Land Rover undoubtedly pulled off the PR stunt of the New York show – and probably the year – by getting Daniel Craig to drive the new Range Rover Sport through closed Manhattan streets to an eve-of-show party.

While the company had to be careful to avoid any James Bond references for fear of upsetting Eon Productions, owners of the Bond franchise, the cast and drama of the Sport’s entrance gave headline writers a field day.

Beyond the 007-like action man stuff there was a solid business case for launching the car in New York in dramatic style, however. America is, not surprisingly, the biggest market for the Sport and New York its No 1 metropolitan sales area.

The Sport recorded peak sales of 18,500 in America in 2006, which means it outsold the Range Rover two to one, and even last December – with a new car in the wings – it achieved its second best monthly US sales figure of 2,002.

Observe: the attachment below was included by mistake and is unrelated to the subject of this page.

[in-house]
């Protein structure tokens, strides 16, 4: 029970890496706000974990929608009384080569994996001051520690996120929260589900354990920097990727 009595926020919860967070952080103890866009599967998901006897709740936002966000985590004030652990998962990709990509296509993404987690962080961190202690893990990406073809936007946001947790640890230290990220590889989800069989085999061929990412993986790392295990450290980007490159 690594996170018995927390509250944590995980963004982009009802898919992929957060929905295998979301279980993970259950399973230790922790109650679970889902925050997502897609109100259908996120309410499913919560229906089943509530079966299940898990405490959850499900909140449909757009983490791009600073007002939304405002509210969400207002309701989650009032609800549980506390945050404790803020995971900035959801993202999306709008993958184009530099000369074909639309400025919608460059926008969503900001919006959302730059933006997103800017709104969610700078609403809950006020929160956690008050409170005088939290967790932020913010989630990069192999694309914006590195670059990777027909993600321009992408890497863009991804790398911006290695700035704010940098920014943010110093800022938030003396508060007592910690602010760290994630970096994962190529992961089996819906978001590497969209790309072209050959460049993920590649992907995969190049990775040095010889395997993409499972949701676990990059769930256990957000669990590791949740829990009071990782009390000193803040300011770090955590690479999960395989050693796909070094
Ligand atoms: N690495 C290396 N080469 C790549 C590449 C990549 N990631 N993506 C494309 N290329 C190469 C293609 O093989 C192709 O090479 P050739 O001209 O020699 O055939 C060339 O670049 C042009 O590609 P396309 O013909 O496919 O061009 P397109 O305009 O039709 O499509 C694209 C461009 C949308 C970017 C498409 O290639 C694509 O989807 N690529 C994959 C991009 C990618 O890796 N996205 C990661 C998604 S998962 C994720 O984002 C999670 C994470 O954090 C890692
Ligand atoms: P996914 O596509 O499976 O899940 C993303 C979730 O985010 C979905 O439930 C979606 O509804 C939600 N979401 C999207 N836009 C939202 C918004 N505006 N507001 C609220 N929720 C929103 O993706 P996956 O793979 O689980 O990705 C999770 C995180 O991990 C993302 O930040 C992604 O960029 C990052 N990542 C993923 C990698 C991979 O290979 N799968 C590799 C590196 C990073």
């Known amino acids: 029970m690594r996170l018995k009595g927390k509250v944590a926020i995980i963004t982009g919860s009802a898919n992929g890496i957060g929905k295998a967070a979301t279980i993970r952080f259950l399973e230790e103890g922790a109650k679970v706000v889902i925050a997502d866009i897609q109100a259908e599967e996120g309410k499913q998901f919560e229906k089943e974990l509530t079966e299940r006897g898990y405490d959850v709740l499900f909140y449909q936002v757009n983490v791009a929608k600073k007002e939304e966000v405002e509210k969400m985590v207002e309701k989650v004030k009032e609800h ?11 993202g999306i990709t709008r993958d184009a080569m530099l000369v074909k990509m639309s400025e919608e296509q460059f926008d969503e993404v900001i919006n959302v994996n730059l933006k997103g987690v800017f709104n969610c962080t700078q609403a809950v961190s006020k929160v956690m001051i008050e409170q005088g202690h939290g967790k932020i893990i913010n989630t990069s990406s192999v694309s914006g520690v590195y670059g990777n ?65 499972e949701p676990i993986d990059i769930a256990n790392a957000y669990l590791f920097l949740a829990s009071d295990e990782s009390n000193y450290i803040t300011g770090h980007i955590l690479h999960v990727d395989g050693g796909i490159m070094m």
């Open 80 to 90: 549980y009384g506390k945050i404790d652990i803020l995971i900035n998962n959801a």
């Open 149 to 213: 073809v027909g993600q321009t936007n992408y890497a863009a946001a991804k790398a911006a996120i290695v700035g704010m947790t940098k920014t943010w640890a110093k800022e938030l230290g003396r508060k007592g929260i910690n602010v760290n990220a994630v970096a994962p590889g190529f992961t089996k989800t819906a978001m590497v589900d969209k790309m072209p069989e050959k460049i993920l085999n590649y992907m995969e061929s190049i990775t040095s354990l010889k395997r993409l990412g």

“It remained in demand even in the recession and the residuals have stayed sharp,” says Finbar McFall, Land Rover’s marketing director. “In the US it is seen as perfect for the city because of where the driver sits and the view out, and it’s ideal in New York because the roads aren’t exactly in perfect condition after the winter.”

Land Rover has sold 415,000 versions of the Sport since its introduction in 2005, with China now emerging as an increasingly important market for the car. Sales there last year were a best-ever total of 11,000.

The Aluminium-bodied new model – larger but 39 per cent lighter than the previous car, and with standard air suspension and the option for the first time of seven seats – will start to be progressively rolled out later this year, though Land Rover is not saying which regions get it first.

In the US and China it will be available with a 3.0-litre supercharged petrol V6 for the first time as well as a 5.0-litre supercharged V8. The UK will get the V8 plus two V6 diesels and, a short while later, a V8 diesel. Prices will start at £51,550 – just £455 more than the outgoing car.

Despite the Sport’s strong metropolitan following, McFall says there was never any temptation to tone down its off-road abilities.

“It’s a Land Rover, so it has to be seen to have best-in-class off-road capability,” he said. “The new one is even better than the previous car. These things do matter. One of the reasons people buy it is the confidence it gives them.”


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